There are many types of Employee Resource Groups, varying on their goals, expectations and involvement with the wider organisation. Here we’ve listed the most common ERGs:

  • Diversity Groups: Support specific minority demographics like ethnic minorities, LGBTQ+ employees, women, veterans, and people with disabilities.
  • Cultural Groups: Focus on shared cultural or national identities, promoting awareness and inclusion.
  • Lifestyle Groups: Cater to interests such as health and fitness, parenting (both working and single parents), and faith-based activities.
  • Generational Groups: Address the unique challenges and opportunities of different age groups within the workforce.
  • Volunteer and Civic Groups: Organise community service and charity initiatives, strengthening community engagement and social responsibility.

Examples of Employee Resource Groups and Professional Networks in enterprise organisations:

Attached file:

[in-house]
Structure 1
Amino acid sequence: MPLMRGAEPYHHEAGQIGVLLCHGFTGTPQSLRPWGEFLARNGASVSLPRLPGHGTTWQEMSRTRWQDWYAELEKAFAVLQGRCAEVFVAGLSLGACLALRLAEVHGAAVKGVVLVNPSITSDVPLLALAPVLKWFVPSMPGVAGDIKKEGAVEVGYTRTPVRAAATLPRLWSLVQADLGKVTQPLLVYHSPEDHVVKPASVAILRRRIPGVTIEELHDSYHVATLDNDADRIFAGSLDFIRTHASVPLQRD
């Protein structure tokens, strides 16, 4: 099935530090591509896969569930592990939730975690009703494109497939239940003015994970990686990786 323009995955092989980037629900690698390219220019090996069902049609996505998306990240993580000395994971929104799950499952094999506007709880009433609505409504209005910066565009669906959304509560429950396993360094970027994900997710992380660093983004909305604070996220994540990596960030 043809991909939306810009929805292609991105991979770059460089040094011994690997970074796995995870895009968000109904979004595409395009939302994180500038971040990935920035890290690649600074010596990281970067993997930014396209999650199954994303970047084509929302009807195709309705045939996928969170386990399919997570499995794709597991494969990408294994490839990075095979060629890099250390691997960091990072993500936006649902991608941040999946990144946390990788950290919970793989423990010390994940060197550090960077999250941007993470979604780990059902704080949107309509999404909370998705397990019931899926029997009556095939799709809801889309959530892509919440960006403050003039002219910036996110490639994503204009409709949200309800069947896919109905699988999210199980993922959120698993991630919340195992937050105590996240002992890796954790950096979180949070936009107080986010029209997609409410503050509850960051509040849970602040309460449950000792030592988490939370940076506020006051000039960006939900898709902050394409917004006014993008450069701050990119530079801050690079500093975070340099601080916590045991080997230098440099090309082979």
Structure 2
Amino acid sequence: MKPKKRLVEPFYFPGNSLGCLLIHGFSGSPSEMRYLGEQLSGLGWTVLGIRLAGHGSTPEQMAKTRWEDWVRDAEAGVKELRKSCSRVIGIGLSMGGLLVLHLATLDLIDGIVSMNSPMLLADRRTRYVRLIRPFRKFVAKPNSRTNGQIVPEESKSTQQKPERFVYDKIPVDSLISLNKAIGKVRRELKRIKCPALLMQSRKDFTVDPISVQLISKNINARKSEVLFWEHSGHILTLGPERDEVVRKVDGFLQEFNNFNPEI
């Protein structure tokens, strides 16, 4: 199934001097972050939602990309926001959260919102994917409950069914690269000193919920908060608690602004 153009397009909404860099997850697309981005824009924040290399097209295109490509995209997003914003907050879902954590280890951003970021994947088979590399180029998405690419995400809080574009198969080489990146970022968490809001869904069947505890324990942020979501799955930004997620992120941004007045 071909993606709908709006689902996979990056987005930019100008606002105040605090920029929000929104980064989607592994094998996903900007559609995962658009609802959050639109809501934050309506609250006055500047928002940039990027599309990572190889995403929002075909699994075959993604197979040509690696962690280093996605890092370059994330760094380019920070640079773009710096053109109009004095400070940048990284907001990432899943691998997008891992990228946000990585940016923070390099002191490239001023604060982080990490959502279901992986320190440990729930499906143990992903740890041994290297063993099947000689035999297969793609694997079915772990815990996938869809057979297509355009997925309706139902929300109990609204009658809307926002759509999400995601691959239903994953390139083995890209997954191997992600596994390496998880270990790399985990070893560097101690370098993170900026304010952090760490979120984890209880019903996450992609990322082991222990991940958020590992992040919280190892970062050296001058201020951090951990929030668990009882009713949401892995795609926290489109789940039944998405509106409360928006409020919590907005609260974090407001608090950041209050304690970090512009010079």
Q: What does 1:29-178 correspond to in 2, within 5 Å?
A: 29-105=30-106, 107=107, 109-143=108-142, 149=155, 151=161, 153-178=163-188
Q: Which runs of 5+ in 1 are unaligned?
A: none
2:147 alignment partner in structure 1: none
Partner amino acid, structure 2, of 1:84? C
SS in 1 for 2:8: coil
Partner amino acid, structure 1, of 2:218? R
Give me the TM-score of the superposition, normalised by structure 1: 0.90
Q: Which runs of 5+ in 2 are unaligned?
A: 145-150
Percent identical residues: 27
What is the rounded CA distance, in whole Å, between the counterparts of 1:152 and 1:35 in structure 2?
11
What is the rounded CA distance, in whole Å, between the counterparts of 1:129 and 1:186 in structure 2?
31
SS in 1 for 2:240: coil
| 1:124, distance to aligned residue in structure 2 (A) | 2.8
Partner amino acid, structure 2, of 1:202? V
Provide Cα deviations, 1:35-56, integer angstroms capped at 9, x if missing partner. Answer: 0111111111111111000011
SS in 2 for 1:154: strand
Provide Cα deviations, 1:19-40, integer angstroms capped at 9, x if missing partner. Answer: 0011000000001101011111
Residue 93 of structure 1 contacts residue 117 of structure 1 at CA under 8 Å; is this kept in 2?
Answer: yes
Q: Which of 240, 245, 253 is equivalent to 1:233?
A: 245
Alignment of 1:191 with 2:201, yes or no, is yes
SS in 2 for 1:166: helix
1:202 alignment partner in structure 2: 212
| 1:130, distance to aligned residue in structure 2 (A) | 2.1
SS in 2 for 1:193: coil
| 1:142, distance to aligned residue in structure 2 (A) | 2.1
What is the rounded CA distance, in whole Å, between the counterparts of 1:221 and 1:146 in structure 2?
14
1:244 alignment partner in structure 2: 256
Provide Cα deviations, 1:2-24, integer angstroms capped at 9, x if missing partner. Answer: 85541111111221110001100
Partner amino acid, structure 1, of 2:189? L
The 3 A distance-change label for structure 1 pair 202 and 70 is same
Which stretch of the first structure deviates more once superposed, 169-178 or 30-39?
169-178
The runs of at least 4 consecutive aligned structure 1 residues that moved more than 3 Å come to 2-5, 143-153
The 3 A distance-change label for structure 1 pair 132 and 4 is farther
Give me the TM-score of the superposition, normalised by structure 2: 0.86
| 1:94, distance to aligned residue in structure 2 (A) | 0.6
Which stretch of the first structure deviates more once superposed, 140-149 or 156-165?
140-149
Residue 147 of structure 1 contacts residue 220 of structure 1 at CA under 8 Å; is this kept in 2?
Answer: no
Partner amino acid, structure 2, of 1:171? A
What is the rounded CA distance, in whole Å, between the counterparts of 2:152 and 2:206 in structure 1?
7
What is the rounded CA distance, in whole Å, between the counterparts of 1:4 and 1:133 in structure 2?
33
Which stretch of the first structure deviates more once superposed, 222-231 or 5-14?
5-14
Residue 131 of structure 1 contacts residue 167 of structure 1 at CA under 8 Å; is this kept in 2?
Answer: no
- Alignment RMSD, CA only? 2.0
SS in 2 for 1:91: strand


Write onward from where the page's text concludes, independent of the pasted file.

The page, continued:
As mentioned, the popularity of employee networks has grown exponentially since its inception. Here are a few examples of Successful ERGs in Enterprise 

  • YoPros at TIAA: Group for young professionals organising social events and volunteer initiatives.
  • UK Neurodiversity and US AccessAbilities at EY: Multiple ERGs advocating for diverse groups.
  • W@M at Microsoft: Annual events and recruitment drives for women.
  • Women’s Network, Black Professionals, LGBT%20 at Avison Young: almost ¼ of employees are participants in ERGs.
  • WiZE, B@Z and AAAPI@Z at Zscaler: Focused on women, Black employees, and Asian American Pacific Islander employees respectively.

Check out how Guider is supporting upskilling, sponsorship, mentoring and diversity initiatives for Employee Resource Groups at Zscaler.

What’s the significance of Employee Resource Groups?

Employee Resource Groups work to provide equal opportunities, create a sense of community and inclusion for represented members, primarily minority groups, promoting diversity, inclusion and reducing discrimination at work.